The business case might not be there by 2030. This depends on the relative cost and productivity of robots versus humans. Investing in robots is likely to require large upfront investment. Smaller firms might lack the necessary capital while larger firms might see this as too risky, until technologies are more widely tested and accepted. Meanwhile, human labour could remain relatively cheap and productive, at least in certain sectors.

Perhaps then we should be most worried about jobs that command relatively high wages, but that can be replaced by software, which is considerably cheaper to invest in. Legal office support is a case in point.

What about technology’s job creating potential?

According to our analysis of the Labour Force Survey, we have seen a similar surge in the number of programmers as we have primary school teachers, with employment in both occupations growing by 90,000 since 2011. Technology will continue to create new jobs but demand for existing job types will also increase. As the UK population ages, we will need a lot more care workers.

Virtuous feedback loops are possible. By boosting productivity, automation could reduce consumer prices, which stimulates demand for products and services, and hence demand for labour. Empirical studies of the utilisation of industrial robots show significant gains to productivity and no negative impact on total working hours at the sector level. Robots did reduce the hours of lower skilled workers but this was offset by an increase in the hours worked by more highly skilled workers. If worker productivity (and pay) increases, they will have more to spend and some of this will be spent on services with a human touch.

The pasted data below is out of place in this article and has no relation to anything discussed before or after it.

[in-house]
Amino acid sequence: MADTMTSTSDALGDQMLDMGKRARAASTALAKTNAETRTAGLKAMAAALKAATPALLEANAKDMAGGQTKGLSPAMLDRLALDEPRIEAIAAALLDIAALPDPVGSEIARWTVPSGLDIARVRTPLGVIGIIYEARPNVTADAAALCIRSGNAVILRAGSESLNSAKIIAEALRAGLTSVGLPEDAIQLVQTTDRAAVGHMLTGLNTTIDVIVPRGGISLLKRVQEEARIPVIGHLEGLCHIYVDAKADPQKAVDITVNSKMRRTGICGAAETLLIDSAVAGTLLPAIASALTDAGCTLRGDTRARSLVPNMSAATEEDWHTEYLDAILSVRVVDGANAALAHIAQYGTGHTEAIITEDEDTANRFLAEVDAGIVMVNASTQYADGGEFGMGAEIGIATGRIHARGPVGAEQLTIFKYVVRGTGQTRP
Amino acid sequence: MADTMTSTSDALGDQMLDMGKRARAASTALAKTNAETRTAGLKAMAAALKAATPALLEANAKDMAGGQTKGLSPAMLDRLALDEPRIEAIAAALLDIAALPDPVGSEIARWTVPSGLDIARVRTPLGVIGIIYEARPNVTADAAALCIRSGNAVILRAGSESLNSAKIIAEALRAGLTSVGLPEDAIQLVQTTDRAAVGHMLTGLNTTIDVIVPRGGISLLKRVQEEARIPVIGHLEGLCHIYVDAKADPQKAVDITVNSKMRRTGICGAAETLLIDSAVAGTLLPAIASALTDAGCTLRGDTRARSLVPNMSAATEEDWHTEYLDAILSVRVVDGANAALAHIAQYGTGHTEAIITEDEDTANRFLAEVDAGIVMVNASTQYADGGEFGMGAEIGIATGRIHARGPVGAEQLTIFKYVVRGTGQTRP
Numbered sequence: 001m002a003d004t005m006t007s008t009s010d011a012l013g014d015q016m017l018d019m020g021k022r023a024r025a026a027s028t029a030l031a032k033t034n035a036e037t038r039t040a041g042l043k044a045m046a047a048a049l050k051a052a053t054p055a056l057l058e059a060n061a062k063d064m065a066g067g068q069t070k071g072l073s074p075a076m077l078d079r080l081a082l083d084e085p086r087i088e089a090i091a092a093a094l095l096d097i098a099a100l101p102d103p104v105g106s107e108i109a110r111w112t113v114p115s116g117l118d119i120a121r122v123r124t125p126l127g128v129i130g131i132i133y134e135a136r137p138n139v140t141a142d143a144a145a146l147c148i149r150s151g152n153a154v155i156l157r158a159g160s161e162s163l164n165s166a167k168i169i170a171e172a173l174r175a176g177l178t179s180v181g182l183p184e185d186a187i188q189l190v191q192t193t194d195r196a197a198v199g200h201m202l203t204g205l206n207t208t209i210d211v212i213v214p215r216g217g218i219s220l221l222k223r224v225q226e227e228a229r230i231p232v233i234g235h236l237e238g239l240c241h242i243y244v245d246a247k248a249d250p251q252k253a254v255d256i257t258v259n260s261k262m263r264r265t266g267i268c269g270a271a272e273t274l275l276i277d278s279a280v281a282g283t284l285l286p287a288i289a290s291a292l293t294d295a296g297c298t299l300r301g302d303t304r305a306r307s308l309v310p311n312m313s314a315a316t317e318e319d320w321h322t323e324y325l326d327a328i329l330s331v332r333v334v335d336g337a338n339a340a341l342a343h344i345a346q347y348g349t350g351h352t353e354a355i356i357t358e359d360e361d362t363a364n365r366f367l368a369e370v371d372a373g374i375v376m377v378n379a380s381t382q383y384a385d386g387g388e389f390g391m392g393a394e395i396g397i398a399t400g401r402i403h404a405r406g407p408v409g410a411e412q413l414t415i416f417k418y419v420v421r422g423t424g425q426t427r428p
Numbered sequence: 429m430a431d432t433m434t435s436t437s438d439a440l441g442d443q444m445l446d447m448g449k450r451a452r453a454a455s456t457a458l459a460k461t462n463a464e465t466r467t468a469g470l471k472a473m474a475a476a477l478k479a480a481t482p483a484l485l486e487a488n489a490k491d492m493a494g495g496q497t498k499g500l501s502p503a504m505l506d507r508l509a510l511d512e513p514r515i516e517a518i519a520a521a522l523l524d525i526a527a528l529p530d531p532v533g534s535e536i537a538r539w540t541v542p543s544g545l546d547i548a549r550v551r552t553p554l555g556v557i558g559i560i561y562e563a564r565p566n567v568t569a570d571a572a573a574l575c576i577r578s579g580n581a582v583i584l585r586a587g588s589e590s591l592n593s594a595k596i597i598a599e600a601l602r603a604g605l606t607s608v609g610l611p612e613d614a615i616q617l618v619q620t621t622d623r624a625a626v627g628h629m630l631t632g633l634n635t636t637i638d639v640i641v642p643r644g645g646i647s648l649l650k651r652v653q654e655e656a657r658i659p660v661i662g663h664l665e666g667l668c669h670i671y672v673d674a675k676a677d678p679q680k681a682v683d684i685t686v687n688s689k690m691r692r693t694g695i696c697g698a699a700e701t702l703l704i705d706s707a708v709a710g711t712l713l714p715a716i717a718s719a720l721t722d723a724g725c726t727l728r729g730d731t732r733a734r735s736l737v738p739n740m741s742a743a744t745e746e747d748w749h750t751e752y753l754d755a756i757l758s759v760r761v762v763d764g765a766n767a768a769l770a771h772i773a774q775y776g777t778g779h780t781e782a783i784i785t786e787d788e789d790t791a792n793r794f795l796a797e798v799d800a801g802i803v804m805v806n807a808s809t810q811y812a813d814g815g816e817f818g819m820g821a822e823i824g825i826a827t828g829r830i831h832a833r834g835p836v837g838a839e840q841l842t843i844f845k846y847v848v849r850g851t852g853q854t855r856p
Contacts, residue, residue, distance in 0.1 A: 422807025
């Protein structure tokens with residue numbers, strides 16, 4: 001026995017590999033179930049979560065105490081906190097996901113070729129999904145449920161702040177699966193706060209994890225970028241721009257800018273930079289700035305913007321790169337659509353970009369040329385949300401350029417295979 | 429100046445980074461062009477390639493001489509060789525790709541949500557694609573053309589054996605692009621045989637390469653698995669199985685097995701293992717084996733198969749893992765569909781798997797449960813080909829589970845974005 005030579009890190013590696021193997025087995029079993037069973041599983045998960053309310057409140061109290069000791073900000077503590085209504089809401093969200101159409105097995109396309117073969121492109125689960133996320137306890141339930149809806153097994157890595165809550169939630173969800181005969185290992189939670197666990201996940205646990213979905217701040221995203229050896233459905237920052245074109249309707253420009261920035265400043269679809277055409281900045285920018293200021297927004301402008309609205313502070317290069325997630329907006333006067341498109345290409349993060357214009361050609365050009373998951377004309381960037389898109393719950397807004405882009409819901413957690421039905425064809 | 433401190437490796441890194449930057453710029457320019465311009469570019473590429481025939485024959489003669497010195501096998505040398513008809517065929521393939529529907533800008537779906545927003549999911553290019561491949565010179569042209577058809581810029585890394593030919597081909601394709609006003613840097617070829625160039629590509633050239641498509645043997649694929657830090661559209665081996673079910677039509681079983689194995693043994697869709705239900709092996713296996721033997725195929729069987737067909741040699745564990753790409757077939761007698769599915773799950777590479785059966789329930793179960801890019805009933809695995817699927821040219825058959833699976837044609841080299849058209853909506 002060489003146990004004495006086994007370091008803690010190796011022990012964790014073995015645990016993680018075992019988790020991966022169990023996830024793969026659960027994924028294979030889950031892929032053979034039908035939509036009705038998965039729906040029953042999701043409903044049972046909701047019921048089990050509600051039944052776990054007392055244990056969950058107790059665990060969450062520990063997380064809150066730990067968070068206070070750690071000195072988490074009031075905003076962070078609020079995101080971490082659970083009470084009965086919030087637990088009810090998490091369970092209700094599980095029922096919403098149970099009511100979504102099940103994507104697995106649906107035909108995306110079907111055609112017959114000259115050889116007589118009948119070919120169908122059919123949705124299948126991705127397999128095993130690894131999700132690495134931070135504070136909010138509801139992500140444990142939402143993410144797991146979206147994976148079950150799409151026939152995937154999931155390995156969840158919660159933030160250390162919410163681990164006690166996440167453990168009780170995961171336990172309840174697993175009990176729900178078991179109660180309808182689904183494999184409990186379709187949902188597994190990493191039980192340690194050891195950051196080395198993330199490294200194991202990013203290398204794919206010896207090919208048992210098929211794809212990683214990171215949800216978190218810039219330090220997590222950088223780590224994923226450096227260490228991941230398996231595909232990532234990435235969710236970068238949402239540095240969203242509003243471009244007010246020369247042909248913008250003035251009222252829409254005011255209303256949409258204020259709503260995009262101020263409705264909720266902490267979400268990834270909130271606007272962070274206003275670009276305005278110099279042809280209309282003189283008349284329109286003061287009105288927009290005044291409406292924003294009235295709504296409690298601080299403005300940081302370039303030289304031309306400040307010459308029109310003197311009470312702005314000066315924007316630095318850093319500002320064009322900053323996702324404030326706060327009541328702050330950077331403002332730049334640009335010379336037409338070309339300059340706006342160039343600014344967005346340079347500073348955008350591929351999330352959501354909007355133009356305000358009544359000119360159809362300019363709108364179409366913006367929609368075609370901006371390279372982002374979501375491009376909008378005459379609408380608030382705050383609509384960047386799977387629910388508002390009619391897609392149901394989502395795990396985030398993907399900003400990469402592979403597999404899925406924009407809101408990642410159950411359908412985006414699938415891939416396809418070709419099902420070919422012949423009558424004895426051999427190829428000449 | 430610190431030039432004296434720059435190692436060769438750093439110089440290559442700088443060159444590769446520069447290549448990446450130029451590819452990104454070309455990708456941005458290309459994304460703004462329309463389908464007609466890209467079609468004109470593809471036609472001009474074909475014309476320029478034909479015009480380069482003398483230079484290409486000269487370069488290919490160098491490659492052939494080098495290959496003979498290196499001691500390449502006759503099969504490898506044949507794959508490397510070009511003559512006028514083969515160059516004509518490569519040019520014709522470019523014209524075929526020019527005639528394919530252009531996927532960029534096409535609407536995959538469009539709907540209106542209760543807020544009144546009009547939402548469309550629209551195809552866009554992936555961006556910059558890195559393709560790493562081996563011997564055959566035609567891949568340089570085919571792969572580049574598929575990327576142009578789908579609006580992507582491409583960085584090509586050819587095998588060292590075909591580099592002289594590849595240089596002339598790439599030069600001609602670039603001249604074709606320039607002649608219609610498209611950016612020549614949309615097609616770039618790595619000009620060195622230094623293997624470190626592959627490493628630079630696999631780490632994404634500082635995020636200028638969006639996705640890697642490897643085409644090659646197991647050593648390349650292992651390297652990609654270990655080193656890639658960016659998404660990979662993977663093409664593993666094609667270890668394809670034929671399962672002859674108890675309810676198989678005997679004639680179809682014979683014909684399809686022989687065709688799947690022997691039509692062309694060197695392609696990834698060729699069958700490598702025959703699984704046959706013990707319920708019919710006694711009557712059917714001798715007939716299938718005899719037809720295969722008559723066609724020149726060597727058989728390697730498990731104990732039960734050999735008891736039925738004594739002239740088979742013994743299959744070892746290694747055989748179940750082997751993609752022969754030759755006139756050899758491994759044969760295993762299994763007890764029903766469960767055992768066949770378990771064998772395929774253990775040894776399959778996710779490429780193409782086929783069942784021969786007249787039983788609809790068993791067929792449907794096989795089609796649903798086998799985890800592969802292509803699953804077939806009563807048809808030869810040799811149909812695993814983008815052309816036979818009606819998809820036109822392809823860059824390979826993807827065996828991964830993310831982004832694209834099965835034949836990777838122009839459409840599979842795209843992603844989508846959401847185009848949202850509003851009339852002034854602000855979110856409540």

An important insight we need to act on, is that workers with little education face a greater risk of automation. This highlights the need to upskill our workforce so that they are able to adapt. The jury is still out on whether future learning should be more geared towards soft skills (for social interaction) or hard skills (to understand AI). 

A focus on headline figures does not help

Many workers are more worried than ever about losing their jobs. Only 60% of routine workers agree that their job is secure, down from 71% in 2005. Quoting estimations without context won’t help alleviate this anxiety.

Instead, we should take these analyses as a starting point, look at what sectors are predicted most at risk, understand the dynamics of these sectors, and assess the extent to which the conditions for automation are in place. We need to engage with stakeholders in these sectors, rather than take a purely quantitative approach which abstracts from the way these businesses operate and people consume their products and services. We have tried to take an approach of this ilk in our forthcoming report. 

This blog is the second in a two-part series on how we predict, and prepare for, the impacts of automation. You can read the first blog here